E.A. Sports Today

Cardinals reign ends

Coosa Central stuns four-time state champion Sacred Heart in Class 2A title game on a put back in the closing seconds

The Sacred Heart players feel the anguish after losing the Class 2A state championship game Friday. (Photo by Greg Warren) 

By Al Muskewitz
East Alabama Sports Today

BIRMINGHAM — The difference between winning and losing a state championship was a matter of inches, a matter of seconds.
Coosa Central ended Sacred Heart’s run of state basketball titles at four Friday when Quinstavious Brooks got inside a crowded lane, snared a rare offensive rebound and put it back in with 2.5 seconds left to give the Cougars a 54-52 victory at the BJCC.

Sacred Heart had won the last four Class 1A titles and were vying for its first 2A crown after getting bumped up in classification by the AHSAA’s competitive balance rule for private schools. No boys team in Alabama has ever won five straight state titles.

“The feeling is not the same (as when they’ve won it all), but it is,” Sacred Heart coach Ralph Graves said. “When you put out all that you can and you’ve won championships before, when you see someone else win it, you’re happy for them, too, because you knew what it took for them to be a champion.
“Yeah, everybody wants to win, but when someone wins a championship no matter what class you know those guys have put forth the effort, commitment, sacrifice; it comes down to who deserves it. It’s not the say we’re not deserving of it, either, but you’re gonna have a winner and you’re gonna have a loser, but we’re still champions. And the champions is in your heart not on the scoreboard.”
The clock read 1.5 seconds when the ball fell through the hoop and Coosa called time, meaning the Cardinals had one last chance to flip the emotional script.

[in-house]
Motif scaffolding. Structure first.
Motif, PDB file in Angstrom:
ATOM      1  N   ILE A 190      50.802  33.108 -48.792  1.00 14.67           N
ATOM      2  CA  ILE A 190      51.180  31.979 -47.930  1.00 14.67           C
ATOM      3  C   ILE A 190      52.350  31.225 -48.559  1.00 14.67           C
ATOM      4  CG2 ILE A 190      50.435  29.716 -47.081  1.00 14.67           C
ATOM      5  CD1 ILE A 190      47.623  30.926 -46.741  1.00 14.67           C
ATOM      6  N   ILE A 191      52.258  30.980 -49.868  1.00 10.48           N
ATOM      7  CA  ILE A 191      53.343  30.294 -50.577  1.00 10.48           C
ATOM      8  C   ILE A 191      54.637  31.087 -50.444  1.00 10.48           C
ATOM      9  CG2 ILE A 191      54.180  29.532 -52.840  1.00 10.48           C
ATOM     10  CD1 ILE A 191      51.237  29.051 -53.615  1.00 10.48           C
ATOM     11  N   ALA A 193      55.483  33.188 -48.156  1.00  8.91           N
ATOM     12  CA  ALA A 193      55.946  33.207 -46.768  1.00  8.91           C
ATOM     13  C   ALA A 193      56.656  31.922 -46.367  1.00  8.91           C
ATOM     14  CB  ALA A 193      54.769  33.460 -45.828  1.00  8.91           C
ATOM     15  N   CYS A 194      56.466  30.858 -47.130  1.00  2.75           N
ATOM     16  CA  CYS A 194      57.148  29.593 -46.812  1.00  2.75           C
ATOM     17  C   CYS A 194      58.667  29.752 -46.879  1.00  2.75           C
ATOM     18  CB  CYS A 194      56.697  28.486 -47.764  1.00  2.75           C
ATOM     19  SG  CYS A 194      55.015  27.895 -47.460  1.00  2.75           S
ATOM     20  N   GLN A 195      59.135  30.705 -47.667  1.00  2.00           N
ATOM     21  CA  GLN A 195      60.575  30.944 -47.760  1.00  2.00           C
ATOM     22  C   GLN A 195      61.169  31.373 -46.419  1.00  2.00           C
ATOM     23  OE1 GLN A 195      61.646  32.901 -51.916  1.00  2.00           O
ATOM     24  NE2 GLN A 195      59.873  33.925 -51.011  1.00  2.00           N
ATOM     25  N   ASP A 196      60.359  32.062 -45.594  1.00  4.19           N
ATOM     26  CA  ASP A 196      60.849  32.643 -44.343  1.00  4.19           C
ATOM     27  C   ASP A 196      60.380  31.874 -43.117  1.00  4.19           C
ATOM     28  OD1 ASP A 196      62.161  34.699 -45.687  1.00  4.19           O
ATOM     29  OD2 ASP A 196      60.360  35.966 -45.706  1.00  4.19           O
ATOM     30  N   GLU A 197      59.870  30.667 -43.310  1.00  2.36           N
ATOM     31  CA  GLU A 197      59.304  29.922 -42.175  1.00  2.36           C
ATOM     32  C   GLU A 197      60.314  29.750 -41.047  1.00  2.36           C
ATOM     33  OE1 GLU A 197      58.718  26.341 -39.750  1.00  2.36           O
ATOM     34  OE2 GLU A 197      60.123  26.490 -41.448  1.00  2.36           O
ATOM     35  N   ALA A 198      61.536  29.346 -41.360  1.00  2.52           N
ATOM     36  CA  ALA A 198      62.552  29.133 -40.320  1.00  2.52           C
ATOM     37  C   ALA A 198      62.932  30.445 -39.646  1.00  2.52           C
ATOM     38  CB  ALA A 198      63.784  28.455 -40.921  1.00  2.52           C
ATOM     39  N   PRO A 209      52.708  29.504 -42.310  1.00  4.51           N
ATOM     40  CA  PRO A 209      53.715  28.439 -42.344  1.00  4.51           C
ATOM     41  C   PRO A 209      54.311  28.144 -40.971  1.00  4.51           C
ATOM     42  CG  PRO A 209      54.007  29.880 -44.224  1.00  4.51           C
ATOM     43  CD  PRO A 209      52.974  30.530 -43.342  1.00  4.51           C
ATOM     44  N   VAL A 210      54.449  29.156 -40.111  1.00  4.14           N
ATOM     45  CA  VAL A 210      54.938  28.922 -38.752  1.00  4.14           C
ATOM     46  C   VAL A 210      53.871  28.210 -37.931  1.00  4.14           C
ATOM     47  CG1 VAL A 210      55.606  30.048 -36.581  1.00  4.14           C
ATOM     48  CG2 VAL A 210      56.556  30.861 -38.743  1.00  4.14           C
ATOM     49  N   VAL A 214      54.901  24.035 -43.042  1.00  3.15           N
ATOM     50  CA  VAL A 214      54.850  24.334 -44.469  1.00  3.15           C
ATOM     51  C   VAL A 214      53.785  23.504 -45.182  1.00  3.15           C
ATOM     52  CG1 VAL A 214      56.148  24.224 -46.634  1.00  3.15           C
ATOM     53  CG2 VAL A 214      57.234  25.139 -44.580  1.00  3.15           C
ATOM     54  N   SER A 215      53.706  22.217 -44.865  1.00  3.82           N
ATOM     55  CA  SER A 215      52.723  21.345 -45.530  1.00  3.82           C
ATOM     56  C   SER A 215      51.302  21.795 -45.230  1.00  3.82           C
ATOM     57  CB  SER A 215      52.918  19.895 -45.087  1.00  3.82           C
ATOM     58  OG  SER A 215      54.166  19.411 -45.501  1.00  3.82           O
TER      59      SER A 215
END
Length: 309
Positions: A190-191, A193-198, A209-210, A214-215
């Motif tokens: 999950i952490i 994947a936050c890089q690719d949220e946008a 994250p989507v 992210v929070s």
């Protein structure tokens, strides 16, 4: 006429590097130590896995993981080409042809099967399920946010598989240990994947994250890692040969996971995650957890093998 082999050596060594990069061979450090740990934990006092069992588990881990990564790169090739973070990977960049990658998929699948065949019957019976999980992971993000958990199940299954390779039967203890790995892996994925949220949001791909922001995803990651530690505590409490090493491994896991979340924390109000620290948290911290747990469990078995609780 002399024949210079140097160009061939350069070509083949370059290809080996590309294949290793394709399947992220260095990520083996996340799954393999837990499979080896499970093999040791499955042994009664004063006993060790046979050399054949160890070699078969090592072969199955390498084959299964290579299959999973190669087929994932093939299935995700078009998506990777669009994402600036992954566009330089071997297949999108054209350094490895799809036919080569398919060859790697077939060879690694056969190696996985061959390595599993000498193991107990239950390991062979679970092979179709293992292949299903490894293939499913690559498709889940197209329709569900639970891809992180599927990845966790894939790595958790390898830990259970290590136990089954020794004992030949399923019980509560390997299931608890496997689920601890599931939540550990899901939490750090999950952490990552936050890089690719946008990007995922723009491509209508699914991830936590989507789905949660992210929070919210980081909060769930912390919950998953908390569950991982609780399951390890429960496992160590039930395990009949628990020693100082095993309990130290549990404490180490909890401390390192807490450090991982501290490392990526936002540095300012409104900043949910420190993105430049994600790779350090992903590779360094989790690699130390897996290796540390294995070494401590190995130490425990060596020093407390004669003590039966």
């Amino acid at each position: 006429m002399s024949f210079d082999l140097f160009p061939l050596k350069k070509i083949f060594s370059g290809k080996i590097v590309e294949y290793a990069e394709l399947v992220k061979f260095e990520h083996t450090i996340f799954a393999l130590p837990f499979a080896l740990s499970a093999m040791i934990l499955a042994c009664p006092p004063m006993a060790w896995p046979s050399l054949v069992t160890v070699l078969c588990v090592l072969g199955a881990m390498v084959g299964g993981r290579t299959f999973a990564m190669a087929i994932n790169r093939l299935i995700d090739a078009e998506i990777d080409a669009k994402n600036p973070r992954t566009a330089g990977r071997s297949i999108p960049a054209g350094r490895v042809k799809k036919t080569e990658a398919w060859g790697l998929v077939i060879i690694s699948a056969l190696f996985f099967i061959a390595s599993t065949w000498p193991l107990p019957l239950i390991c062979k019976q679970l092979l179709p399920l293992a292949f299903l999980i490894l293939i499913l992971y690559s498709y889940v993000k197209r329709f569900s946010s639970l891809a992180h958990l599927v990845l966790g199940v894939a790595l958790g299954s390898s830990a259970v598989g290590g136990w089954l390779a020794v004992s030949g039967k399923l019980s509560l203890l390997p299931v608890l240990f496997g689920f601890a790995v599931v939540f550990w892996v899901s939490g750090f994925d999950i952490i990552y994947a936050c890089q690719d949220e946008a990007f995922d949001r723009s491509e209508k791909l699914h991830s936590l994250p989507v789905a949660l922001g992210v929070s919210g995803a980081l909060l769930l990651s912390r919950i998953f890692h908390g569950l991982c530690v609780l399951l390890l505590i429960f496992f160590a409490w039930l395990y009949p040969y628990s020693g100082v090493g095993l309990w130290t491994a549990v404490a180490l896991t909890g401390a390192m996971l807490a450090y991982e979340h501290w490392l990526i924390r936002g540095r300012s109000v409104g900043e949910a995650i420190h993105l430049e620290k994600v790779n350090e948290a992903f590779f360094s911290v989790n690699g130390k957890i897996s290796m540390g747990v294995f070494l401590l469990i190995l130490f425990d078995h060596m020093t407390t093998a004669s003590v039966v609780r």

The officials put another three-tenths of a second back on the clock before setting the final sequence in motion. Aaron Moore fielded Khalil Watkins’ in-bounds baseball pass in traffic and got it over to Cade Landers.

Landers launched a 3-pointer from right in front of the Cardinals bench right before the horn. The shot hit the rim and then the backboard before falling to the floor.

“The last play, we got a shot, you got a good look at it,” Graves said. “If it goes down you’re running around the gym crazy, everybody’s happy, and if you miss it it’s the sorrow part.”

And it was the Cardinals feeling the sadness for the first time in six years. They had not lost a post-season game — area, regional or state — since falling to St. Jude in the 2014 state semifinals.

The Cougars (23-4) had only six offensive rebounds in the game before the winning put back. 

“Rebounds have been a struggle for us all year,” Coosa coach Jeremy Freeman said. “But I kept telling them it’s not about winning the rebound battle it’s about winning the key rebound battle. Like there was a key rebound and he was able to put it back in and made history.”

Another key element in the game was Sacred Heart’s 20 turnovers to Coosa’s five. The Cougars scored 19 points off the Cardinals’ miscues. Graves called it the difference in the game.